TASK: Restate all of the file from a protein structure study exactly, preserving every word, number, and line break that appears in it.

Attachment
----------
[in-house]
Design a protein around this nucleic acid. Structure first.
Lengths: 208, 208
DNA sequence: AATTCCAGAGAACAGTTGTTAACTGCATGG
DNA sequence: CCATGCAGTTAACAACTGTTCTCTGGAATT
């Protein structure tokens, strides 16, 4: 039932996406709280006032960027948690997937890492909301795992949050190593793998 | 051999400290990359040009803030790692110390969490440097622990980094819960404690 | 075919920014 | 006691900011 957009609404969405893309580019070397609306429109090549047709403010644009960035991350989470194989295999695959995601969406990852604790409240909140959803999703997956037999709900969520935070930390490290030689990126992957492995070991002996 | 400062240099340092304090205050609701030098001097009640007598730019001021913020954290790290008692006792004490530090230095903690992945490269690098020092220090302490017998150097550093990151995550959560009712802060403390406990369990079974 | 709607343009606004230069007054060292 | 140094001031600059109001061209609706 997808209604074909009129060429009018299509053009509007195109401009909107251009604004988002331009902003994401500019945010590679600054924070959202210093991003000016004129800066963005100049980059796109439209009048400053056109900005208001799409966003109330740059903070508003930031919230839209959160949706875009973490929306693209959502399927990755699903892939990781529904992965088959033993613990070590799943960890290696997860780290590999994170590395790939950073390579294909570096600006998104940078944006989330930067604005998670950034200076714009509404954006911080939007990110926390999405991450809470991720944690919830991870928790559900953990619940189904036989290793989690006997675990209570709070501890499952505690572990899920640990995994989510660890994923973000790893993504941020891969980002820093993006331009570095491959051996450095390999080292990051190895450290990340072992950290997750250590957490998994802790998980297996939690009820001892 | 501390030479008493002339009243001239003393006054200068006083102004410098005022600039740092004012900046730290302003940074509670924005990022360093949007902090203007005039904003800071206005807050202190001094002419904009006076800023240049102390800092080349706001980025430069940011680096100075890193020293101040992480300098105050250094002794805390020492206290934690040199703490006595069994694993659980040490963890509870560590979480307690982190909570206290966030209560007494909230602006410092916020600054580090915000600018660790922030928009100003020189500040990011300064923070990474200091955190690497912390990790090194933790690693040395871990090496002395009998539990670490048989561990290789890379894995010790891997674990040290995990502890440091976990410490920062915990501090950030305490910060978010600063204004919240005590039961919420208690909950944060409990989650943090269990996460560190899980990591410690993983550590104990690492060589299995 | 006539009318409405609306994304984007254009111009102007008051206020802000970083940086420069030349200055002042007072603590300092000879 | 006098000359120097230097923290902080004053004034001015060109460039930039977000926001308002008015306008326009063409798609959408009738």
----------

[in-house]
Design a protein around this nucleic acid. Structure first.
Lengths: 208, 208
DNA sequence: AATTCCAGAGAACAGTTGTTAACTGCATGG
DNA sequence: CCATGCAGTTAACAACTGTTCTCTGGAATT
């Protein structure tokens, strides 16, 4: 039932996406709280006032960027948690997937890492909301795992949050190593793998 | 051999400290990359040009803030790692110390969490440097622990980094819960404690 | 075919920014 | 006691900011 957009609404969405893309580019070397609306429109090549047709403010644009960035991350989470194989295999695959995601969406990852604790409240909140959803999703997956037999709900969520935070930390490290030689990126992957492995070991002996 | 400062240099340092304090205050609701030098001097009640007598730019001021913020954290790290008692006792004490530090230095903690992945490269690098020092220090302490017998150097550093990151995550959560009712802060403390406990369990079974 | 709607343009606004230069007054060292 | 140094001031600059109001061209609706 997808209604074909009129060429009018299509053009509007195109401009909107251009604004988002331009902003994401500019945010590679600054924070959202210093991003000016004129800066963005100049980059796109439209009048400053056109900005208001799409966003109330740059903070508003930031919230839209959160949706875009973490929306693209959502399927990755699903892939990781529904992965088959033993613990070590799943960890290696997860780290590999994170590395790939950073390579294909570096600006998104940078944006989330930067604005998670950034200076714009509404954006911080939007990110926390999405991450809470991720944690919830991870928790559900953990619940189904036989290793989690006997675990209570709070501890499952505690572990899920640990995994989510660890994923973000790893993504941020891969980002820093993006331009570095491959051996450095390999080292990051190895450290990340072992950290997750250590957490998994802790998980297996939690009820001892 | 501390030479008493002339009243001239003393006054200068006083102004410098005022600039740092004012900046730290302003940074509670924005990022360093949007902090203007005039904003800071206005807050202190001094002419904009006076800023240049102390800092080349706001980025430069940011680096100075890193020293101040992480300098105050250094002794805390020492206290934690040199703490006595069994694993659980040490963890509870560590979480307690982190909570206290966030209560007494909230602006410092916020600054580090915000600018660790922030928009100003020189500040990011300064923070990474200091955190690497912390990790090194933790690693040395871990090496002395009998539990670490048989561990290789890379894995010790891997674990040290995990502890440091976990410490920062915990501090950030305490910060978010600063204004919240005590039961919420208690909950944060409990989650943090269990996460560190899980990591410690993983550590104990690492060589299995 | 006539009318409405609306994304984007254009111009102007008051206020802000970083940086420069030349200055002042007072603590300092000879 | 006098000359120097230097923290902080004053004034001015060109460039930039977000926001308002008015306008326009063409798609959408009738």